Wednesday, July 8, 2009

Tracheal bronchus

5 month old male child with acute respiratory tract infection, CT coronal reformatted lung window shows bronchus arising from the trachea on right side (arrow) and the virtual bronchoscopy image shows the tracheal bronchus opening better.

The term tracheal bronchus refers to an abnormal bronchus that comes directly off the lateral wall of the trachea (ie, above the main carina) and supplies ventilation to the upper lobe. It is most often an asymptomatic anatomical variant found on bronchoscopy. There is an association
between tracheal bronchus and other congenital malformations, mainly malformations of the ribs and vertebrae. Patients with Down syndrome have a higher incidence of tracheal bronchus. The anomalous bronchus can arise anywhere from the carina to the cricoid cartilage, but most frequently within 2 cm of the carina. Tracheal bronchi are classified as being either “displaced” or “supernumerary.”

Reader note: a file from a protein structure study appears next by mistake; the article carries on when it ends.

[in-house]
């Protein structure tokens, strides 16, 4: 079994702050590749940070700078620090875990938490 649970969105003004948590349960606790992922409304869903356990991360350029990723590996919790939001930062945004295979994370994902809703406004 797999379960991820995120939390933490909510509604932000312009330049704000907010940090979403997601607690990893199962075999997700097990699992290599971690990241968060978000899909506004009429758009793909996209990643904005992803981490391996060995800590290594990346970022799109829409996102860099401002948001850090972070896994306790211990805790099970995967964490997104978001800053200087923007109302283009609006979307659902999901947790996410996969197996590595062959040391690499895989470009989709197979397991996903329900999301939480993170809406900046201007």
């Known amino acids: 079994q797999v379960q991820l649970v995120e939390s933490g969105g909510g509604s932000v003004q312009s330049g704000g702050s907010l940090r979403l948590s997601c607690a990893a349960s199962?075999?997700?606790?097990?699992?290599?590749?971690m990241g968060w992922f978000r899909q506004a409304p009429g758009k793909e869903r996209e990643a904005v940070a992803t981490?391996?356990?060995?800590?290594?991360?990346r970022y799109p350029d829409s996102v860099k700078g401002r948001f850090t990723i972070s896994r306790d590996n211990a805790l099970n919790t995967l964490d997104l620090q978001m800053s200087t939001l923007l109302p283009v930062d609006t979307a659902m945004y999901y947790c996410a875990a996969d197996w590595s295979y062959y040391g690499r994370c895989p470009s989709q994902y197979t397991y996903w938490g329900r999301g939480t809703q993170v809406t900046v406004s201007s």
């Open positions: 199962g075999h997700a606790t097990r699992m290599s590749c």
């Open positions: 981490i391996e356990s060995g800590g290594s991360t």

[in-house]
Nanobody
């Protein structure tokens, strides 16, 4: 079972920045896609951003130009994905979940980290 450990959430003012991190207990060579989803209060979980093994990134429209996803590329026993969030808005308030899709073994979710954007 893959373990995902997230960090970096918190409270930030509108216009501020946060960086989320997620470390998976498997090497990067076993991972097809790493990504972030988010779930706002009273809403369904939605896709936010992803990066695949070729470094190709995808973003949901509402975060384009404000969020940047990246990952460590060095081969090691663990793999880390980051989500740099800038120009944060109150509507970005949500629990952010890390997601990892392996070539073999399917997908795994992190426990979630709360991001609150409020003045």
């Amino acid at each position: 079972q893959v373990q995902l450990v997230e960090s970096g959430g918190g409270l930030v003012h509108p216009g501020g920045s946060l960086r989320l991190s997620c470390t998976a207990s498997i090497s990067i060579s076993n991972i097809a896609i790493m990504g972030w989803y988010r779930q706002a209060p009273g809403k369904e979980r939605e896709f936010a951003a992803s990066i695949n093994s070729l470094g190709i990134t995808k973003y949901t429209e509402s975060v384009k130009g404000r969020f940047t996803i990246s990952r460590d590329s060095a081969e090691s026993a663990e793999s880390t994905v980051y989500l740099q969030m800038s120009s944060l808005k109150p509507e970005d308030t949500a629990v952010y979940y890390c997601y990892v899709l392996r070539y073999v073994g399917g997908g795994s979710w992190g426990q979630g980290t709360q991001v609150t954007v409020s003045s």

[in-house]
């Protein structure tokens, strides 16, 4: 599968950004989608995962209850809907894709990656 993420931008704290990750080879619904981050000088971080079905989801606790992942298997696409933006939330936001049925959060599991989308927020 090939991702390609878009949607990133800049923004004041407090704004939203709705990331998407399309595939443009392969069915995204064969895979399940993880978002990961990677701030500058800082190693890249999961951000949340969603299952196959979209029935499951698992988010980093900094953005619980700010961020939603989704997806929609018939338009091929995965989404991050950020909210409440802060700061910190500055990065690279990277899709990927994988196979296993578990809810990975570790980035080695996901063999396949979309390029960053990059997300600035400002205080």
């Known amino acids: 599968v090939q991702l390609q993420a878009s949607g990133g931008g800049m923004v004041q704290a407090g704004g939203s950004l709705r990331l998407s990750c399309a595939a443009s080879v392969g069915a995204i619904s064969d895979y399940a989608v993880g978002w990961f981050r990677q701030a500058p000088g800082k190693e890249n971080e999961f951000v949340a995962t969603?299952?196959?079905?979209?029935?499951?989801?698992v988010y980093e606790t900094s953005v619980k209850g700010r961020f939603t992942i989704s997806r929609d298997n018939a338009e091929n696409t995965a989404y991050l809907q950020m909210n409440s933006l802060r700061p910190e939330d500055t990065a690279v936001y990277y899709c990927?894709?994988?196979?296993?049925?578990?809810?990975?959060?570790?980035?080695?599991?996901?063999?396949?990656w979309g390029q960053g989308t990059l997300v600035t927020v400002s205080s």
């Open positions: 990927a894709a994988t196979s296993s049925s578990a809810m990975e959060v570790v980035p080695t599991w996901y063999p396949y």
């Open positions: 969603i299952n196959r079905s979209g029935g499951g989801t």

If the entire right upper lobe takes off from the trachea the right main bronchus is the bronchus intermedius, feeding the right middle and lower lobes, and the malformation is called “true tracheal bronchus” or “bronchus sui” (“pig bronchus,” because that is the normal morphology in pigs). The incidence of true tracheal bronchus is 0.2%.
If the anomalous bronchus is the take-off of the apical segment of the right upper lobe, as was the case in our patient, the right main bronchus will be normal looking, but the right upper lobe will not have its trifurcation. Instead there will be a bifurcation, corresponding to the anterior and posterior segments. That variant is called “apical tracheal bronchus,” which has been described in patients who have an azygos lobe. In that situation the apical segment will have its own displaced bronchus and its ownpleural investment. Vascular supply and venous drainage are usually normal in the displaced bronchus variant and are provided by the pulmonary artery and pulmonary veins.
The majority of patients with tracheal bronchi are asymptomatic and do not require any medical intervention. In the case of recurrent pneumonia complicated by bronchiectasis surgical resection of the anomalous lobe or segment is the treatment of choice.

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